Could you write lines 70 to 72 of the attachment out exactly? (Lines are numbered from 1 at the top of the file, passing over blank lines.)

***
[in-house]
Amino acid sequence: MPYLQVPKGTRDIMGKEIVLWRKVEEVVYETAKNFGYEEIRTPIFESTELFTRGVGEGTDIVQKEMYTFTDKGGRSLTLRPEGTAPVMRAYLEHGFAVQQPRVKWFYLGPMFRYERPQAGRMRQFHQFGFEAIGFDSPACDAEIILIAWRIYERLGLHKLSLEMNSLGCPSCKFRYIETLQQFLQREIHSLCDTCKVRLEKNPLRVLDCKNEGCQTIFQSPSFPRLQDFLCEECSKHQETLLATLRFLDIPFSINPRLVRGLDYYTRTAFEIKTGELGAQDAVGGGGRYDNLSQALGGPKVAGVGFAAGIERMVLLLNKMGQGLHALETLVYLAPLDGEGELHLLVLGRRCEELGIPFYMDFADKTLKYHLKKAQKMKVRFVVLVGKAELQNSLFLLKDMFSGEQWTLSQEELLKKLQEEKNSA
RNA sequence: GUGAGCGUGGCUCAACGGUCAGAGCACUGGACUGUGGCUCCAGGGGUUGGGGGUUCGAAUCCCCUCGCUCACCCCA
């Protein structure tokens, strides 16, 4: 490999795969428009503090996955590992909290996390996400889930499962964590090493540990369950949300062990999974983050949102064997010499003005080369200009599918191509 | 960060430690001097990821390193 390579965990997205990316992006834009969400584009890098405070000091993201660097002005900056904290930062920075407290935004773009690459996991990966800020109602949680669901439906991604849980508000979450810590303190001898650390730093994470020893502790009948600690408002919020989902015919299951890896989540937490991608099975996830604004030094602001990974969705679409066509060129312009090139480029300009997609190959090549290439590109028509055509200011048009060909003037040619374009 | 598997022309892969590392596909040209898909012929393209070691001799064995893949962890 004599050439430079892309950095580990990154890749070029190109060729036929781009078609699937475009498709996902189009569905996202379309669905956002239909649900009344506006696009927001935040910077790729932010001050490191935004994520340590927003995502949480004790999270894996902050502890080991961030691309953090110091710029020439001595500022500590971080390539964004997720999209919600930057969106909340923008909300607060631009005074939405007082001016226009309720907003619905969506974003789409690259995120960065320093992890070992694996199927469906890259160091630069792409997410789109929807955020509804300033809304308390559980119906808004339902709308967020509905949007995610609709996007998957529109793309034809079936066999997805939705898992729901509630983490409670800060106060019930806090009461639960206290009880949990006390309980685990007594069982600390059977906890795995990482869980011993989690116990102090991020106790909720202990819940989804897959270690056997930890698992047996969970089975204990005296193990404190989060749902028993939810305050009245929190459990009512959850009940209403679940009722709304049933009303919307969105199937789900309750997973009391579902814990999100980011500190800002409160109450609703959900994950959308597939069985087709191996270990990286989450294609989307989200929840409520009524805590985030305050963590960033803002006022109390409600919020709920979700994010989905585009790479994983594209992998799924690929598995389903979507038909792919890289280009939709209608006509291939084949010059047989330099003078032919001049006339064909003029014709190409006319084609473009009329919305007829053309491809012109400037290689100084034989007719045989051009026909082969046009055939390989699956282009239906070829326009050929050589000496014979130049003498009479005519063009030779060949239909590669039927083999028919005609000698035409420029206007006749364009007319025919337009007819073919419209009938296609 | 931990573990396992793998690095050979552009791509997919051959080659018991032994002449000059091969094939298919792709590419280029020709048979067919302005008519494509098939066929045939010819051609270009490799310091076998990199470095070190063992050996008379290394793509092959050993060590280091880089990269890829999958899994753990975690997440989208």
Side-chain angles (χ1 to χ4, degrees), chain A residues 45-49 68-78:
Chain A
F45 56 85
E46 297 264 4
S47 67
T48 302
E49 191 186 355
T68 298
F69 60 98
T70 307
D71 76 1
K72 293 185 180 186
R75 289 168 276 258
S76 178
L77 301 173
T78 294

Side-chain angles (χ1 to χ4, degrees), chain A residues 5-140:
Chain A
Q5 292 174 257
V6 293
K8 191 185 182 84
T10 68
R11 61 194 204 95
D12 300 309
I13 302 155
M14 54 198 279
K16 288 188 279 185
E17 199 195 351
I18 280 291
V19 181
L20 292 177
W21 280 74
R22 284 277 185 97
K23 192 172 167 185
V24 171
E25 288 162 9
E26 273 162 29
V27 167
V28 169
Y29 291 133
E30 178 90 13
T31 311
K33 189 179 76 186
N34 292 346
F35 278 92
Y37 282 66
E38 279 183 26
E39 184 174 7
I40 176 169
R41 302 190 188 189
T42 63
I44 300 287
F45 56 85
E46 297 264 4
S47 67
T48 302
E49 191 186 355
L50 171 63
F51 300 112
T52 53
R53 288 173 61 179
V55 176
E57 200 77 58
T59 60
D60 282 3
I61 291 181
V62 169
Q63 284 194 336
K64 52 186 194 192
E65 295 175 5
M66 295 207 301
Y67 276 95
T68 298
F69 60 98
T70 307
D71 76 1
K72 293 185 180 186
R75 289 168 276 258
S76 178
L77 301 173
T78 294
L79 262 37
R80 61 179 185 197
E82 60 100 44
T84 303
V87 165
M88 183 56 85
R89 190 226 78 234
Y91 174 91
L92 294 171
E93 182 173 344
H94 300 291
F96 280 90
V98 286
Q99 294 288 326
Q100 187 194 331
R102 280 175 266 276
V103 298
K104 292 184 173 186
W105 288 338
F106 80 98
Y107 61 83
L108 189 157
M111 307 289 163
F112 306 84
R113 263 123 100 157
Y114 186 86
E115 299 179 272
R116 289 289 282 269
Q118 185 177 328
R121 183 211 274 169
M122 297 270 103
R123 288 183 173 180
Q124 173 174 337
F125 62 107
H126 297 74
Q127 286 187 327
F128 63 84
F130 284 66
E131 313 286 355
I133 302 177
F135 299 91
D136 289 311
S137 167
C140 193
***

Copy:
I61 291 181
V62 169
Q63 284 194 336